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Thursday, June 10, 1999 Published at 14:50 GMT 15:50 UK

UK Politics

Blair: A victory for civilisation

Nato halted its air strikes on Thursday afternoon

UK Prime Minister Tony Blair has expressed confidence Nato can finish the job it started when it first bombed Yugoslavia more than two months ago.

In a Downing Street address, he said war could sometimes be necessary to uphold civilised values.

Kosovo: Special Report
He spoke minutes after Nato Secretary General Javier Solana announced air strikes on Yugoslavia had been suspended after Serbia complied with the allies' five key demands.

The refusal of Serb President Slobodan Milosevic to hold serious negotiations earlier had forced the allies to begin the conflict, Mr Blair said.

Tony Blair: "Nato will remain vigilant"
"Milosevic now knows and the world now knows that we will not let racial genocide go on unchallenged."

The world had become familiar with the term "ethnic cleansing", but it was important not to forget the reality behind it.

"What it meant in reality for hundreds of thousand of innocent people in Kosovo was murder and rape, brutality and barbarism, on a scale we thought our continent had seen the end of.

[ image: Tony Blair:
Tony Blair: "The world now knows we will not tolerate racial genocide"
"Milosevic has now given his word that he will withdraw his force. He has started his withdrawal, but as you know the Balkans is littered with his broken promises."

Nato's challenge now lay in ensuring the safe return of the refugees to their former homes, the prime minister said.

"We have made a pledge to the refugees that they will go home and live in peace. We intend to honour that pledge."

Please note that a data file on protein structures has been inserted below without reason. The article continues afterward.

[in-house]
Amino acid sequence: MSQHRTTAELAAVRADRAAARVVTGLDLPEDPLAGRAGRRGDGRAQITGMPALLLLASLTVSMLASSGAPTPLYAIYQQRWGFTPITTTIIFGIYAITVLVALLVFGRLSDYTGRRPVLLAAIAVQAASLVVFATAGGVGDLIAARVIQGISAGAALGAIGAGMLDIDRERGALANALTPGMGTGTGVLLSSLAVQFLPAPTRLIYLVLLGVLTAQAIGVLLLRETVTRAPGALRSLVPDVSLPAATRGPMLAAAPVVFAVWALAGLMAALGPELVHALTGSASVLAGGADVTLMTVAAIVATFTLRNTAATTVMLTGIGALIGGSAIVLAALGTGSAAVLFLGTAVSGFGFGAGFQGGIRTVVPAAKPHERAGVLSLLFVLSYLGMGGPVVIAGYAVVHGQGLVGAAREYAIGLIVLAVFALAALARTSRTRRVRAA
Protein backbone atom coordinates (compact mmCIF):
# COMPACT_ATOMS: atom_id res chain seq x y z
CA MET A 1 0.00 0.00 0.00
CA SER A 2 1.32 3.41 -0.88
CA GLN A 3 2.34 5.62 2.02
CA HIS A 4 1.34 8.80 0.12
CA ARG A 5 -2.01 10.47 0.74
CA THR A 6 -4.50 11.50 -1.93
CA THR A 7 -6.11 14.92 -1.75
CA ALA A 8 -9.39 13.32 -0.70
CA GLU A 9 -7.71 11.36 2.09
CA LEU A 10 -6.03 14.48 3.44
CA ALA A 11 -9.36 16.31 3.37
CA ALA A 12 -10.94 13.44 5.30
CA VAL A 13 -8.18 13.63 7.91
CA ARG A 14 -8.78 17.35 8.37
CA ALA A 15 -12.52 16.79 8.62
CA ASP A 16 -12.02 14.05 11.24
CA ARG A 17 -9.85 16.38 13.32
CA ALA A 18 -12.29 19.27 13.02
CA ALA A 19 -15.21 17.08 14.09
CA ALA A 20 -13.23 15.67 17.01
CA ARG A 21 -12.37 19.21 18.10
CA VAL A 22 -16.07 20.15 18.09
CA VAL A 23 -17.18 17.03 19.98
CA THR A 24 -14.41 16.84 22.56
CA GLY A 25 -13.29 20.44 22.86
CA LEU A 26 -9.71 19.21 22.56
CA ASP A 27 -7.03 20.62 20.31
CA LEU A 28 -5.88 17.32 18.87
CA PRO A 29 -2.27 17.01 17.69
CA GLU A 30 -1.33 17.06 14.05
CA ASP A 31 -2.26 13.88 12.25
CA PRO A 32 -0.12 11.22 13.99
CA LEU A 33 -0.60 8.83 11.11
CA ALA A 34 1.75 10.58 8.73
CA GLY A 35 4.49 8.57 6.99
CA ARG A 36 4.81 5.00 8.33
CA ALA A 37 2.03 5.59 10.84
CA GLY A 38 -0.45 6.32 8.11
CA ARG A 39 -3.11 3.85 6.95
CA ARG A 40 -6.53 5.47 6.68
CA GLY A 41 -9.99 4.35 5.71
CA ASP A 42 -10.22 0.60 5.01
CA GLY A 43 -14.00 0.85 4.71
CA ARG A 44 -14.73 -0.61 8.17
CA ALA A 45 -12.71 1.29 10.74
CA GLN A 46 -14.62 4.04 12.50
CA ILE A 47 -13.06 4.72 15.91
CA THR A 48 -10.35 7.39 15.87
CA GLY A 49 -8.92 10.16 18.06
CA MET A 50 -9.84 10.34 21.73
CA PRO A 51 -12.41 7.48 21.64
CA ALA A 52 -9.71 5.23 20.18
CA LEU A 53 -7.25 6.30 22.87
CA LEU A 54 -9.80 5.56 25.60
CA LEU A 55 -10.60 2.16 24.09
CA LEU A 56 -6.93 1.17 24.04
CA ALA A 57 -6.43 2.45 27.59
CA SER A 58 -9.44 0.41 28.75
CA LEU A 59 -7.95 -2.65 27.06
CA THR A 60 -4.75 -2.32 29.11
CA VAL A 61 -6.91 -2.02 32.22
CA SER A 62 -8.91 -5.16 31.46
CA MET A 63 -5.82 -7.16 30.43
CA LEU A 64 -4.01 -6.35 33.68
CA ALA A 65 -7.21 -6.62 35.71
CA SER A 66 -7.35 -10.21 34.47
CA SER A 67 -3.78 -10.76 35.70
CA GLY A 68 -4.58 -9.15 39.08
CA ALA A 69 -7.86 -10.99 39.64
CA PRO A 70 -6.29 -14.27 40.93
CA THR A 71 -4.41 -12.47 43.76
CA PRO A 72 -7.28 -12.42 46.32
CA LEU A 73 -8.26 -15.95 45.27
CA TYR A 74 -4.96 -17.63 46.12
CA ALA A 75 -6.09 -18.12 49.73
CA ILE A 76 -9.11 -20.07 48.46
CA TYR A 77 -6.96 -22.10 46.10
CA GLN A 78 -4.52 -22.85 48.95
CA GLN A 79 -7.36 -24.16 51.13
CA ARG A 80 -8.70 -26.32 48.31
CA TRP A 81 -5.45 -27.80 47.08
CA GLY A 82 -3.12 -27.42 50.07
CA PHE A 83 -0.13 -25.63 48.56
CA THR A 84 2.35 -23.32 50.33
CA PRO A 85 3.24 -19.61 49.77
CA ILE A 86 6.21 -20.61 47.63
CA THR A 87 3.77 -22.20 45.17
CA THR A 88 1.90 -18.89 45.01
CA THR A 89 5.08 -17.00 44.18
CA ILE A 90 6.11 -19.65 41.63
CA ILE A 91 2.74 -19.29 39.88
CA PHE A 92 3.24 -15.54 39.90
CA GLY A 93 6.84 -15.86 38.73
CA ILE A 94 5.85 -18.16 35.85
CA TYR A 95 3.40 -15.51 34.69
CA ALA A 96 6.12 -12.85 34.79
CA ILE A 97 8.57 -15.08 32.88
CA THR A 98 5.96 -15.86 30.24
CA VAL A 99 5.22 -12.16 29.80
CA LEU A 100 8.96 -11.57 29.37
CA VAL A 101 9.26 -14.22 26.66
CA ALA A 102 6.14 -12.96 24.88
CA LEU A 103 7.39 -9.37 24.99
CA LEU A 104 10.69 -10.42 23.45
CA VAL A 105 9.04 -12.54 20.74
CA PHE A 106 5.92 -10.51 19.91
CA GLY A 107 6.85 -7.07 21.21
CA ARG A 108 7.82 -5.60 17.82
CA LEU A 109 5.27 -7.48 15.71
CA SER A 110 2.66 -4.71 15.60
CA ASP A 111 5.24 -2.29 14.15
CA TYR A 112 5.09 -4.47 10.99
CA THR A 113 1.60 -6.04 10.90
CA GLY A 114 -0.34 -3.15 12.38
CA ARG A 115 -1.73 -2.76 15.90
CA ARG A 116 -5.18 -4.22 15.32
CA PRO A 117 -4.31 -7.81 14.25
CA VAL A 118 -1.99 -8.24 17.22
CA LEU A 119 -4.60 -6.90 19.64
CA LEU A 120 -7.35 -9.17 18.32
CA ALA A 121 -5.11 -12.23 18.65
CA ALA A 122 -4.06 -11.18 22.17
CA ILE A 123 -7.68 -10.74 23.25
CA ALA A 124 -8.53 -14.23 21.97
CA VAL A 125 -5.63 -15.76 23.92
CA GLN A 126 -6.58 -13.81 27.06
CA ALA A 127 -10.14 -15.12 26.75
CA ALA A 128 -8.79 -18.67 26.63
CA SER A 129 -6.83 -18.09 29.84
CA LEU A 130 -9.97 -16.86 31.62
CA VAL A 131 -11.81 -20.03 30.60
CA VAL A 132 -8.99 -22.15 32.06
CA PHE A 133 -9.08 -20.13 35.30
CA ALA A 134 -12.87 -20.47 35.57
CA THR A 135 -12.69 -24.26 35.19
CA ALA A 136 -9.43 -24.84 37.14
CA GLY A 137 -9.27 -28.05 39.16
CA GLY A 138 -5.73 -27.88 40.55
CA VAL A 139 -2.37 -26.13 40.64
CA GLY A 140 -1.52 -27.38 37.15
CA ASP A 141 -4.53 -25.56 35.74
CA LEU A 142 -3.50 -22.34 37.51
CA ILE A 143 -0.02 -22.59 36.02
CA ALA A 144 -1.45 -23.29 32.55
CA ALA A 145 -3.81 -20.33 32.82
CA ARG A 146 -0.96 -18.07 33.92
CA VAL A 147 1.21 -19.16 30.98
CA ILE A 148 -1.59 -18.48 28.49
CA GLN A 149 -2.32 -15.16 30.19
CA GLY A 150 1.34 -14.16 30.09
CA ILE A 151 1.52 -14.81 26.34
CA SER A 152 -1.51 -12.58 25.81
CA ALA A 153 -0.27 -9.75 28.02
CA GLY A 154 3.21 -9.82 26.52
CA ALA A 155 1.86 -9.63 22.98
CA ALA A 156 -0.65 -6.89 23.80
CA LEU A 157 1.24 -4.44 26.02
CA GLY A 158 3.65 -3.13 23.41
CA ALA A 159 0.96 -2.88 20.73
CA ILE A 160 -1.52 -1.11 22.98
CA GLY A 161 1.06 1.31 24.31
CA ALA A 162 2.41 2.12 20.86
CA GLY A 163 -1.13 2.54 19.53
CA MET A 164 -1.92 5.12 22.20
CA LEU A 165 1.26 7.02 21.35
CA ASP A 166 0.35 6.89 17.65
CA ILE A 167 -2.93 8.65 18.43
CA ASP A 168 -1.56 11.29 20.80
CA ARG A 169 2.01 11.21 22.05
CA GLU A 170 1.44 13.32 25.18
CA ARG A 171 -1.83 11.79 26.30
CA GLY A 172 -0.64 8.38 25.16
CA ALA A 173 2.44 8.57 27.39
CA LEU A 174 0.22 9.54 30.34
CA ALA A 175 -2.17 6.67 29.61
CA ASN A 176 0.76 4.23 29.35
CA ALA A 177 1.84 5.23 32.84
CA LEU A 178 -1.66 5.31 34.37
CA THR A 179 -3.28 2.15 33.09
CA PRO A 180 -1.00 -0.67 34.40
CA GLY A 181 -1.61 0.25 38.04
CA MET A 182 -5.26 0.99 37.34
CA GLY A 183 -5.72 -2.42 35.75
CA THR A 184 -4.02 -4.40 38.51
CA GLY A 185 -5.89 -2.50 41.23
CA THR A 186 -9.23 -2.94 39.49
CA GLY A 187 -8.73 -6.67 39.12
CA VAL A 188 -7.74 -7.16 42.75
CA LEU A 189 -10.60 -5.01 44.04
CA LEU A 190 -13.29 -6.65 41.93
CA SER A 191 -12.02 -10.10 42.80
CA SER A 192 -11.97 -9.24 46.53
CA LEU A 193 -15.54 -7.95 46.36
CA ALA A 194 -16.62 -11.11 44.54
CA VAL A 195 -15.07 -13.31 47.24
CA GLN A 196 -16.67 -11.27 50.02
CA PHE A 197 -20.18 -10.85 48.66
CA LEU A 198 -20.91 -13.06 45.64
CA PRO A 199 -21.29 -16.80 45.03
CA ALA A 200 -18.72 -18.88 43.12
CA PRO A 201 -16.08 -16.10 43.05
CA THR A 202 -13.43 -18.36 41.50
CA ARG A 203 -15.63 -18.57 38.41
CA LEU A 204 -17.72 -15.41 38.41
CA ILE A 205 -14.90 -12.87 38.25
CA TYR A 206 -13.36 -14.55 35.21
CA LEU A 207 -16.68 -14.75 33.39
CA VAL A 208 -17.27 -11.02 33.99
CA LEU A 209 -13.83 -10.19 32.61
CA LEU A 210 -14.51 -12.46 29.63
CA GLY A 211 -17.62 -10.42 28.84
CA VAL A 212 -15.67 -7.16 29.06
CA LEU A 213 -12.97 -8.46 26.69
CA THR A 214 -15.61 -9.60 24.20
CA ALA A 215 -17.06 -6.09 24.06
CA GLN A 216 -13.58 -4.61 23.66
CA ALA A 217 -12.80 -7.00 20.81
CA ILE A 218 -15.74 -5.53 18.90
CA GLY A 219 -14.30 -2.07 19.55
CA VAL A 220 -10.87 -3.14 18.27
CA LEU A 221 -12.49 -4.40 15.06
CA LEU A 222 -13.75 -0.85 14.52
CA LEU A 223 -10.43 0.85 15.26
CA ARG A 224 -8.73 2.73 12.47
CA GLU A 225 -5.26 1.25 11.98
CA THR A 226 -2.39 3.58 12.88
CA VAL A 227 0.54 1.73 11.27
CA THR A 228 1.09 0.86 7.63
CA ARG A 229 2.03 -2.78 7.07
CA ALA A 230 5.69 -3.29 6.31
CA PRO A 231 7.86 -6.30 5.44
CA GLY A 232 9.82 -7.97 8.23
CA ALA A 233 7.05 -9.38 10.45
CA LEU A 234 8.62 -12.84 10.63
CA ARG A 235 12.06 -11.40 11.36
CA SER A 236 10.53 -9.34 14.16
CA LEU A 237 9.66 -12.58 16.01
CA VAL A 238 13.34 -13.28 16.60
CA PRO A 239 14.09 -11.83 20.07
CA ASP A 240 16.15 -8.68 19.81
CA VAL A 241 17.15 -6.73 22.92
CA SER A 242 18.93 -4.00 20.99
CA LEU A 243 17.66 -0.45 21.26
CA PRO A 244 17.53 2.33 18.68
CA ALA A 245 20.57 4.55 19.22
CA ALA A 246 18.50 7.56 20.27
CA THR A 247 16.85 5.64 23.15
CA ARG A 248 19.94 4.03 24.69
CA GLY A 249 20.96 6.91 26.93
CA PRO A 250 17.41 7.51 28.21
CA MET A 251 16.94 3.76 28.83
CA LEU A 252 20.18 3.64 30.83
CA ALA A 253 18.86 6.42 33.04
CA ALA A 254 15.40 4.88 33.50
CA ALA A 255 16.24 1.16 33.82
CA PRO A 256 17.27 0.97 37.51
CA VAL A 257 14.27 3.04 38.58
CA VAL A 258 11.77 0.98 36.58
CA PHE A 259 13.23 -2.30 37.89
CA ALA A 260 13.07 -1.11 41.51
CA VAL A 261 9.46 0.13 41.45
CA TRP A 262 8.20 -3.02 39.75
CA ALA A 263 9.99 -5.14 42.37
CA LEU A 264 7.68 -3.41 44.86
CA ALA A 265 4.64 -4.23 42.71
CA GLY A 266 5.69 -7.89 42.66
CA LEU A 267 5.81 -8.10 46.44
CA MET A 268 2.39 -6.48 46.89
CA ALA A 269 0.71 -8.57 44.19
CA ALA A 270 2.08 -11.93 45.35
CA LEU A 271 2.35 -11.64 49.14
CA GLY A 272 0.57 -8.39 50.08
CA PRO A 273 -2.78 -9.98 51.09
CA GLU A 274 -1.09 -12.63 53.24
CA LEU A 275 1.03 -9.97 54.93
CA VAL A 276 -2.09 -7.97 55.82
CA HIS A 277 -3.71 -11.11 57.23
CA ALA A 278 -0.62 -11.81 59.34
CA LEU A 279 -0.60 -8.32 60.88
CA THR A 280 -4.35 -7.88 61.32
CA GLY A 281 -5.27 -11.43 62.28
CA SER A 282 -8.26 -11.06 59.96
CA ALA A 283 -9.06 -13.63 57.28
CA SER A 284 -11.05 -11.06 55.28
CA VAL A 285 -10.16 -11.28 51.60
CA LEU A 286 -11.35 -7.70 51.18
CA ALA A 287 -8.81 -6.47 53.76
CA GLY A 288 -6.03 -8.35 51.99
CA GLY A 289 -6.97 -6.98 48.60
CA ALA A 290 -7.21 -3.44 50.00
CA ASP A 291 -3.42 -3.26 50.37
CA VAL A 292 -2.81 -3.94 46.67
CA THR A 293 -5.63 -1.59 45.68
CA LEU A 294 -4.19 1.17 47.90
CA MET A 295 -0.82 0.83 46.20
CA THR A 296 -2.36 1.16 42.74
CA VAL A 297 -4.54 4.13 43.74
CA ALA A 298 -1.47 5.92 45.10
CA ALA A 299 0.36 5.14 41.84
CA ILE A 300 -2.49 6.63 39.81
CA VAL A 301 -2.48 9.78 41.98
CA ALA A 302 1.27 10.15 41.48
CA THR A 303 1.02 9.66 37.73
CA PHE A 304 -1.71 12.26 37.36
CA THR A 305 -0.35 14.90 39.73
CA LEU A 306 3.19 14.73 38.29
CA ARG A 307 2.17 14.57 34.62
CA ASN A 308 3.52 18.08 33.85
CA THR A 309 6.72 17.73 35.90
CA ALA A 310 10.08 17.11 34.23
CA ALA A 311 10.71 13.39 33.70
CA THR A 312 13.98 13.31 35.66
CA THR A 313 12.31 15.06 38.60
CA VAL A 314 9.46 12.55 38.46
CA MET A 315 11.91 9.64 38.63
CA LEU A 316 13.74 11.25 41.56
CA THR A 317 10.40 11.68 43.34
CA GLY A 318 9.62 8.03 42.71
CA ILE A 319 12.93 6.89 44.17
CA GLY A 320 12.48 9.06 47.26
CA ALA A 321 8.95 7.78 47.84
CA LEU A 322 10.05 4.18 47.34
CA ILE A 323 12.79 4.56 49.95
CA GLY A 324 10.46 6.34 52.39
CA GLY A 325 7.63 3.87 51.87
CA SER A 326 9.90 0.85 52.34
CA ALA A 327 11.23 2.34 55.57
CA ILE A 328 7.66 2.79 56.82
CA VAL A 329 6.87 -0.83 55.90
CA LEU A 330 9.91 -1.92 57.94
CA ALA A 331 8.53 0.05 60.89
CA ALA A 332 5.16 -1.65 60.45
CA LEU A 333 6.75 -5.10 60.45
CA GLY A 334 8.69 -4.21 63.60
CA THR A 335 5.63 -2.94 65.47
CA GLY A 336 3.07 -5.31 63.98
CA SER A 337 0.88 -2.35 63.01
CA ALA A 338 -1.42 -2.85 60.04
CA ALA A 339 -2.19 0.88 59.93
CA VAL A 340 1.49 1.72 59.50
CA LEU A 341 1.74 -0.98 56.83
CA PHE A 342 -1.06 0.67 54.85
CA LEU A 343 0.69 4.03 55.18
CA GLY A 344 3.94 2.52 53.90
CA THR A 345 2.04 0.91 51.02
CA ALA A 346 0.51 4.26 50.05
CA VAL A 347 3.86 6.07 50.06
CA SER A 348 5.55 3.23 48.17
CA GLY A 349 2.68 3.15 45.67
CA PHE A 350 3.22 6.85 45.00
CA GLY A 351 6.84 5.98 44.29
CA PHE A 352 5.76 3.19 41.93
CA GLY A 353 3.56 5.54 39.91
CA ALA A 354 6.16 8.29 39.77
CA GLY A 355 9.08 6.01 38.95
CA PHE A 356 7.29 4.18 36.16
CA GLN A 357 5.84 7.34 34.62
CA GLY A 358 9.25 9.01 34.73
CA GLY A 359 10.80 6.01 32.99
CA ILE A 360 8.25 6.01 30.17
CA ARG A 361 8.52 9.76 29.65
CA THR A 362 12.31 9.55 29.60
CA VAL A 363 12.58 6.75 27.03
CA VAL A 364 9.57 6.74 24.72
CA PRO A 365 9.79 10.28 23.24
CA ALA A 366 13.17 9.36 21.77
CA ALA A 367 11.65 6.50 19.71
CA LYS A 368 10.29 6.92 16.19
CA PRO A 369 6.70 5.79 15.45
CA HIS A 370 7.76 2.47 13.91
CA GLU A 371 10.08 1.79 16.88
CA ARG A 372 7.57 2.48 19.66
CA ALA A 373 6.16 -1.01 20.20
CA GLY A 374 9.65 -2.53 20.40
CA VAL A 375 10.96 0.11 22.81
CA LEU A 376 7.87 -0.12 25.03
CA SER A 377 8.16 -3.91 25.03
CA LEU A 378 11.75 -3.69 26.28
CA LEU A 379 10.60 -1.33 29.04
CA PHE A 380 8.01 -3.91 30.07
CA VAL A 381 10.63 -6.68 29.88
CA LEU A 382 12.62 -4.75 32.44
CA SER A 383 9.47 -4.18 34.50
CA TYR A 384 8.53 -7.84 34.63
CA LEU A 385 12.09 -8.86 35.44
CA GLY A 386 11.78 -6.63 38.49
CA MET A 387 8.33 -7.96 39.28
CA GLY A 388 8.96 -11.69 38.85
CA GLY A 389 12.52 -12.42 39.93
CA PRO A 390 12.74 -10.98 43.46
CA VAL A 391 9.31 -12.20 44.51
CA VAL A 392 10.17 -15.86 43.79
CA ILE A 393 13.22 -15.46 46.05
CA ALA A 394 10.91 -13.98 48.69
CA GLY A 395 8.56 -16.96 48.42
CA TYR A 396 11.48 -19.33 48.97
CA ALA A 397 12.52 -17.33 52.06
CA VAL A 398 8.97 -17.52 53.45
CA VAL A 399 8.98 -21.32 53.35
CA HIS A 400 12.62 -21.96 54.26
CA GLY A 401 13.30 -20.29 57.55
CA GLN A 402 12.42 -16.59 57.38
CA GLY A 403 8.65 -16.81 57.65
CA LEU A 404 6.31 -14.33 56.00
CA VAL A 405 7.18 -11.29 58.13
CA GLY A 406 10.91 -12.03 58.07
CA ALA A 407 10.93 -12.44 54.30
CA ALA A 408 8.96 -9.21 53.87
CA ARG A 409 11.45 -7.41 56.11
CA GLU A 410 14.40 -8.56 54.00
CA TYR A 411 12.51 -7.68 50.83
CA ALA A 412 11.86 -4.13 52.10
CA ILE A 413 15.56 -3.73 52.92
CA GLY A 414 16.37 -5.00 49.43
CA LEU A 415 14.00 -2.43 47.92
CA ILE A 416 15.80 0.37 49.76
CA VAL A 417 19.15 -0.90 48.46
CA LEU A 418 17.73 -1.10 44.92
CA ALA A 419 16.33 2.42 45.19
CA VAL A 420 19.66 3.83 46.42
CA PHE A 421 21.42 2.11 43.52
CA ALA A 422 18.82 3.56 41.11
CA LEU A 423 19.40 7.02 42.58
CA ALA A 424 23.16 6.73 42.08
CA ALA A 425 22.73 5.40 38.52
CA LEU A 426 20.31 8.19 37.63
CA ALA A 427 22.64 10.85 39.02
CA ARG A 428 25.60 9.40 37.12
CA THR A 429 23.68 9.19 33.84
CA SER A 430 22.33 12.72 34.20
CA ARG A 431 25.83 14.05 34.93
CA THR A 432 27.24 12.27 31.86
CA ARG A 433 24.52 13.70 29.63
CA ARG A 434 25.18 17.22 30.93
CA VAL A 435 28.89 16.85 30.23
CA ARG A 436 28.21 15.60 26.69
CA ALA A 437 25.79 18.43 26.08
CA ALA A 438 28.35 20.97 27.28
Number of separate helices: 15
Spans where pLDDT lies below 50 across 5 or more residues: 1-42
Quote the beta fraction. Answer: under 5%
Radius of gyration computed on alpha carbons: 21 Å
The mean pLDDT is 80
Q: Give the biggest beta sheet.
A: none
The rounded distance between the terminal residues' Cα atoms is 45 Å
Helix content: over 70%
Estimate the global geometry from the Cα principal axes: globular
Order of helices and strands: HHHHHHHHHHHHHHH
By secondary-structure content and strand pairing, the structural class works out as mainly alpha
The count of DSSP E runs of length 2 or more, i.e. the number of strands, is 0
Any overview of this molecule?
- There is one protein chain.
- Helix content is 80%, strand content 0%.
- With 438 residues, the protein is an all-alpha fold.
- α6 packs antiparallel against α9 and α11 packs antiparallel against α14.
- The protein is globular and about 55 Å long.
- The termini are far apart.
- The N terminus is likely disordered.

Security vacuum fear

Robin Cook: We don't want a security vacuum
A full withdrawal of Yugoslav troops has already begun from Kosovo.

UK forces will be among the first to cross the border into Kosovo as part of the deployment of the international force which will return the refugees home.

[ image: Robin Cook: A phased programme will follow troop withdrawal]
Robin Cook: A phased programme will follow troop withdrawal
Foreign Secretary Robin Cook said earlier: "We are very keen that the moment the Serb forces are withdrawing from the sector opposite us across the border in Macedonia that we start to move in.

"The reason for that is we don't want a security vacuum.

"We want our forces to go in there to secure the peace, secure the territory and start to create the conditions in which the refugees can go back so that there is no gap between one force leaving and one force going in."

The possibility of a Nato military campaign against Serbia would remain until the last of the troops had left Kosovo, he warned.

Mr Cook said Nato would be alert for any "trick" President Milosevic could pull, but said the Serb leader was now in a much weaker position.

At the Ministry of Defence briefing Defence Secretary George Robinson said the agreement was a victory Nato could be proud of.

He said: "I believe Nato is on the way to accomplishing a great deed.

"The alliance has been prepared to go out of its way to fight for a downtrodden people against a campaign of ethnic hatred and it has won, and that, I think, is something we can all be proud of at the end of what has been a dark and difficult 20th century.

"This is a victory for the determination and resolve of the alliance to face down the kind of ethnic violence which has marred our century."

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